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Flash mobs bring international campaign, domestic violence awareness to CMU

Central Michigan University Police Officer Laura Rico and Ohio senior Emma Tuthill participate in Take Back the Night flash mob in Down Under Thursday.  (Andrew Whitaker | Staff Photographer)

Central Michigan University Police Officer Laura Rico and Ohio senior Emma Tuthill participate in a Take Back the Night flash mob Thursday in the Down Under Food court in the Bovee University Center.
(Andrew Whitaker | Staff Photographer)

Flash mobs erupted across campus Thursday, though many students were unaware why.

For the second year, Central Michigan University’s One Billion Rising for Justice teamed up with Take Back the Night to raise awareness for domestic violence by breaking out a choreographed dance. Both organizations are part of international movements dedicated to end violence against women, and the flash mobs at CMU represent the dance-focused awareness efforts of One Billion Rising.

Ohio junior Emma Tuthill organized this year’s flash mobs and brought One Billion Rising to CMU last year after discovering the organization online.

“What appeals to me about One Billion Rising is that art can tend to be more universal than other forms of awareness,” Tuthill said. “Last year, 207 countries participated in One Billion Rising, which is pretty awesome. So it just kind of shows how many people in that many countries really care about this issue.”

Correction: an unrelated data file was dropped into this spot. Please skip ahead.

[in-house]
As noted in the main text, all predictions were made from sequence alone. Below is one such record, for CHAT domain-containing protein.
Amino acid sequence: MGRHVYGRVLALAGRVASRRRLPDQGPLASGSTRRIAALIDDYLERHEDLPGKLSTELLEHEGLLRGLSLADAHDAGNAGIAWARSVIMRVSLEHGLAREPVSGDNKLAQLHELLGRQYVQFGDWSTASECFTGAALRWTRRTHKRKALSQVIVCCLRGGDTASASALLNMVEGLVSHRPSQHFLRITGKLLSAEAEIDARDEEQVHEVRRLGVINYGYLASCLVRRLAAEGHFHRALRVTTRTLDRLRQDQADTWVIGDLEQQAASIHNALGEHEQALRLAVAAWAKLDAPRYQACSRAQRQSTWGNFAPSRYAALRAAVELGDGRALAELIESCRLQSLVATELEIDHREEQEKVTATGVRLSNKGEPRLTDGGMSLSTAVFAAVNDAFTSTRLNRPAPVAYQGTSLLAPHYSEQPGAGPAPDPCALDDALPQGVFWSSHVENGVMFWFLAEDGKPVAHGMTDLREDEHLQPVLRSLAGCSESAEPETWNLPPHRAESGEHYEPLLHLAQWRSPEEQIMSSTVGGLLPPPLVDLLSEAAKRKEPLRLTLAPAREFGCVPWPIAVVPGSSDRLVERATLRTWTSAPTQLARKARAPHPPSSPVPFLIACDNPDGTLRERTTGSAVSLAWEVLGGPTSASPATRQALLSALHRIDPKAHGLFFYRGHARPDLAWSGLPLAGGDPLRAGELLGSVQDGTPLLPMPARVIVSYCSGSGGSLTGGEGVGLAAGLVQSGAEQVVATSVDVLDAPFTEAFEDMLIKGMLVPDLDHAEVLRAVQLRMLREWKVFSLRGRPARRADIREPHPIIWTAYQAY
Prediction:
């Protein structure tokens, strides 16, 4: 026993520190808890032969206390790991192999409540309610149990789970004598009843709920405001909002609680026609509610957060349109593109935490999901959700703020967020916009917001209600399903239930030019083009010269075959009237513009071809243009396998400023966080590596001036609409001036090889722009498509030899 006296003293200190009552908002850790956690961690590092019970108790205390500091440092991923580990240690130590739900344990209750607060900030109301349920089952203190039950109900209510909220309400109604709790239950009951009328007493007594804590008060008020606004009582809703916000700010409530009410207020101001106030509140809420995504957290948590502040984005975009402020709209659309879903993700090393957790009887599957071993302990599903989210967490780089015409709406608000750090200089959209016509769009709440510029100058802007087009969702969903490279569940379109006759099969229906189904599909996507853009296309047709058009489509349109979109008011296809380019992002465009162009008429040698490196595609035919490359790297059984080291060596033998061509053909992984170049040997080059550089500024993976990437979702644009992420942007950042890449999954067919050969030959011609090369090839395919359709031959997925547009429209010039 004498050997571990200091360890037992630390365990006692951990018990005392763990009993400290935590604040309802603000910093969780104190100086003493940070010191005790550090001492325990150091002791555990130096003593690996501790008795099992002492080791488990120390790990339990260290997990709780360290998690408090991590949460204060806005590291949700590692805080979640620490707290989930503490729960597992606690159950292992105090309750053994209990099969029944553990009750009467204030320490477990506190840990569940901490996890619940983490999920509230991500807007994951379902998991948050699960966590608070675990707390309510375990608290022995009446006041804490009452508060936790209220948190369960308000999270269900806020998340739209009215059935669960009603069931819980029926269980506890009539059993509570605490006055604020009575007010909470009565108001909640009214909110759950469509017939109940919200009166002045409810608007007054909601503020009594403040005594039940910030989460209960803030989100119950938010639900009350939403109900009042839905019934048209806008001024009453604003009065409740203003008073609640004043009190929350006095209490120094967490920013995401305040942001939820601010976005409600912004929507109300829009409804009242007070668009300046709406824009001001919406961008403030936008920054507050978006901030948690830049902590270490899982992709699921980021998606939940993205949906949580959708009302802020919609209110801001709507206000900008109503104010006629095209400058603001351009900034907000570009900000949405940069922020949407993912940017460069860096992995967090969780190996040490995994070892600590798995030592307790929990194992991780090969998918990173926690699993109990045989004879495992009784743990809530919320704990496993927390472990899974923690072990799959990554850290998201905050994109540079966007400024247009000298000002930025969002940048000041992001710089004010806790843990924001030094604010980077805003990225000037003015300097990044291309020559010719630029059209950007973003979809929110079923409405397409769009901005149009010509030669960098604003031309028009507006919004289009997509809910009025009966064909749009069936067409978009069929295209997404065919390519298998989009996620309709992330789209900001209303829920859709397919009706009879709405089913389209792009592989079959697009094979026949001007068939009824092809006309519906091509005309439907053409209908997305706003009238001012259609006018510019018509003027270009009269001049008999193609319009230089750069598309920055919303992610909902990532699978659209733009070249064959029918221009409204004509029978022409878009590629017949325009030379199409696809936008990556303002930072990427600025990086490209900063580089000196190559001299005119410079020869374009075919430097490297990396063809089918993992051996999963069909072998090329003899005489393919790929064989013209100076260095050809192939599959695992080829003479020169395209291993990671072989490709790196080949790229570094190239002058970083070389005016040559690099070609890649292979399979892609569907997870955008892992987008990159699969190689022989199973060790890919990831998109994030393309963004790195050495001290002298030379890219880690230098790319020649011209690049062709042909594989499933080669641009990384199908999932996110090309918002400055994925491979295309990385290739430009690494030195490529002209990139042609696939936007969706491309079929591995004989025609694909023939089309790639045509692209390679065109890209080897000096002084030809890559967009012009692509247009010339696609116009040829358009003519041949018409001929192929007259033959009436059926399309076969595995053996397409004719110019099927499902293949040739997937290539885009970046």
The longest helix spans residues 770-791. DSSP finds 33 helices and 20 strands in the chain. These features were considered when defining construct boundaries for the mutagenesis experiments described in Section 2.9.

The flash mobs grabbed the attention of students, many of whom immediately started snapping pictures or recording videos on their phones. At Thursday’s performances, however, many students were in the dark when it came to the meaning behind the dances.

Saline junior Abby Boerema said the flash mob initially confused her, and she had no idea the participants were dancing for such a serious reason.

“It’s definitely important because I think a lot of students on our campus are unaware of it, like myself,” Boerema said.

Among the dancers was Officer Laura Rico of the CMU Police Department.

A long-time member of Take Back the Night, Rico was approached by Tuthill to participate in the flash mobs and gave them her full support.

“I think the students are our future,” Rico said. “Obviously that’s why they’re here, to educate themselves to become our leaders for tomorrow. If they change their mindset about violence, then that’s going to change society.”

One Comment

  1. Photographer can’t shoot video? Why have the story.

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